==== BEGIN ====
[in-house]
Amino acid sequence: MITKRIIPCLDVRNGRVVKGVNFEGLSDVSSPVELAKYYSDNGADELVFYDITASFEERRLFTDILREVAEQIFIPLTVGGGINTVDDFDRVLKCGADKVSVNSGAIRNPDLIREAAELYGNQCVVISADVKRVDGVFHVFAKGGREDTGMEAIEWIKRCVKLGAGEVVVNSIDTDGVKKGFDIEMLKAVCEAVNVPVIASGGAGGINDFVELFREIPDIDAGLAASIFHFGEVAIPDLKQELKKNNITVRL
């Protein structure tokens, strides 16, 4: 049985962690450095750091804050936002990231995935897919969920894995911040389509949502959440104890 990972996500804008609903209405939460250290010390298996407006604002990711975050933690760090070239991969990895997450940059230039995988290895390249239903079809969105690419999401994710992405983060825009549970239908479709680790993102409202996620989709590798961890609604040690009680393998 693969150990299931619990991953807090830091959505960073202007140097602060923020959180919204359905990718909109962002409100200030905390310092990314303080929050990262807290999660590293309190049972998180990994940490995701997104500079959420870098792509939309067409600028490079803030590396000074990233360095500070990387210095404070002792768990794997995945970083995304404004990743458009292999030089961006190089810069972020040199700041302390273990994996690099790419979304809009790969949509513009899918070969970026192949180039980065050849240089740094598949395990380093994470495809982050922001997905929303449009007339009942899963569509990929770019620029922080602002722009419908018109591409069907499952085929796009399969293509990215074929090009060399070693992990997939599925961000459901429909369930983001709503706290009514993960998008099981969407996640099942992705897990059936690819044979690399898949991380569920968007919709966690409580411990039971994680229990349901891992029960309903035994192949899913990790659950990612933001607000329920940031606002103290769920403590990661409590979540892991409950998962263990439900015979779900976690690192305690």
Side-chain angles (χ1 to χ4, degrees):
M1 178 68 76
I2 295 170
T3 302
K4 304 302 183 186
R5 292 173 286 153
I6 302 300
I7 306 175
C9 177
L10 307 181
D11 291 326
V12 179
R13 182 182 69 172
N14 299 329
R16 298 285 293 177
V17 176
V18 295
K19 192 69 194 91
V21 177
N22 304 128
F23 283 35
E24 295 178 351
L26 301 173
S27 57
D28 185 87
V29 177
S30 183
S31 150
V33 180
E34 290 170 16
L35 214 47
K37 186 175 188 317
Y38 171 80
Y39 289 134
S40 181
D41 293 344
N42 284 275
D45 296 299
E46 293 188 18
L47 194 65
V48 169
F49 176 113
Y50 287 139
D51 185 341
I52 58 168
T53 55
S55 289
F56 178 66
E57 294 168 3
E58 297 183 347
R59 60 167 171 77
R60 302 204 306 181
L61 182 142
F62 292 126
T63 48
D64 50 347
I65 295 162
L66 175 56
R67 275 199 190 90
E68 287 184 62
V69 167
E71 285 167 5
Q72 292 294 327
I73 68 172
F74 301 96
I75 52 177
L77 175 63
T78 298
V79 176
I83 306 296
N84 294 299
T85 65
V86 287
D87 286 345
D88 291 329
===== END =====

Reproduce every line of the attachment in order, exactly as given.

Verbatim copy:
[in-house]
Amino acid sequence: MITKRIIPCLDVRNGRVVKGVNFEGLSDVSSPVELAKYYSDNGADELVFYDITASFEERRLFTDILREVAEQIFIPLTVGGGINTVDDFDRVLKCGADKVSVNSGAIRNPDLIREAAELYGNQCVVISADVKRVDGVFHVFAKGGREDTGMEAIEWIKRCVKLGAGEVVVNSIDTDGVKKGFDIEMLKAVCEAVNVPVIASGGAGGINDFVELFREIPDIDAGLAASIFHFGEVAIPDLKQELKKNNITVRL
């Protein structure tokens, strides 16, 4: 049985962690450095750091804050936002990231995935897919969920894995911040389509949502959440104890 990972996500804008609903209405939460250290010390298996407006604002990711975050933690760090070239991969990895997450940059230039995988290895390249239903079809969105690419999401994710992405983060825009549970239908479709680790993102409202996620989709590798961890609604040690009680393998 693969150990299931619990991953807090830091959505960073202007140097602060923020959180919204359905990718909109962002409100200030905390310092990314303080929050990262807290999660590293309190049972998180990994940490995701997104500079959420870098792509939309067409600028490079803030590396000074990233360095500070990387210095404070002792768990794997995945970083995304404004990743458009292999030089961006190089810069972020040199700041302390273990994996690099790419979304809009790969949509513009899918070969970026192949180039980065050849240089740094598949395990380093994470495809982050922001997905929303449009007339009942899963569509990929770019620029922080602002722009419908018109591409069907499952085929796009399969293509990215074929090009060399070693992990997939599925961000459901429909369930983001709503706290009514993960998008099981969407996640099942992705897990059936690819044979690399898949991380569920968007919709966690409580411990039971994680229990349901891992029960309903035994192949899913990790659950990612933001607000329920940031606002103290769920403590990661409590979540892991409950998962263990439900015979779900976690690192305690």
Side-chain angles (χ1 to χ4, degrees):
M1 178 68 76
I2 295 170
T3 302
K4 304 302 183 186
R5 292 173 286 153
I6 302 300
I7 306 175
C9 177
L10 307 181
D11 291 326
V12 179
R13 182 182 69 172
N14 299 329
R16 298 285 293 177
V17 176
V18 295
K19 192 69 194 91
V21 177
N22 304 128
F23 283 35
E24 295 178 351
L26 301 173
S27 57
D28 185 87
V29 177
S30 183
S31 150
V33 180
E34 290 170 16
L35 214 47
K37 186 175 188 317
Y38 171 80
Y39 289 134
S40 181
D41 293 344
N42 284 275
D45 296 299
E46 293 188 18
L47 194 65
V48 169
F49 176 113
Y50 287 139
D51 185 341
I52 58 168
T53 55
S55 289
F56 178 66
E57 294 168 3
E58 297 183 347
R59 60 167 171 77
R60 302 204 306 181
L61 182 142
F62 292 126
T63 48
D64 50 347
I65 295 162
L66 175 56
R67 275 199 190 90
E68 287 184 62
V69 167
E71 285 167 5
Q72 292 294 327
I73 68 172
F74 301 96
I75 52 177
L77 175 63
T78 298
V79 176
I83 306 296
N84 294 299
T85 65
V86 287
D87 286 345
D88 291 329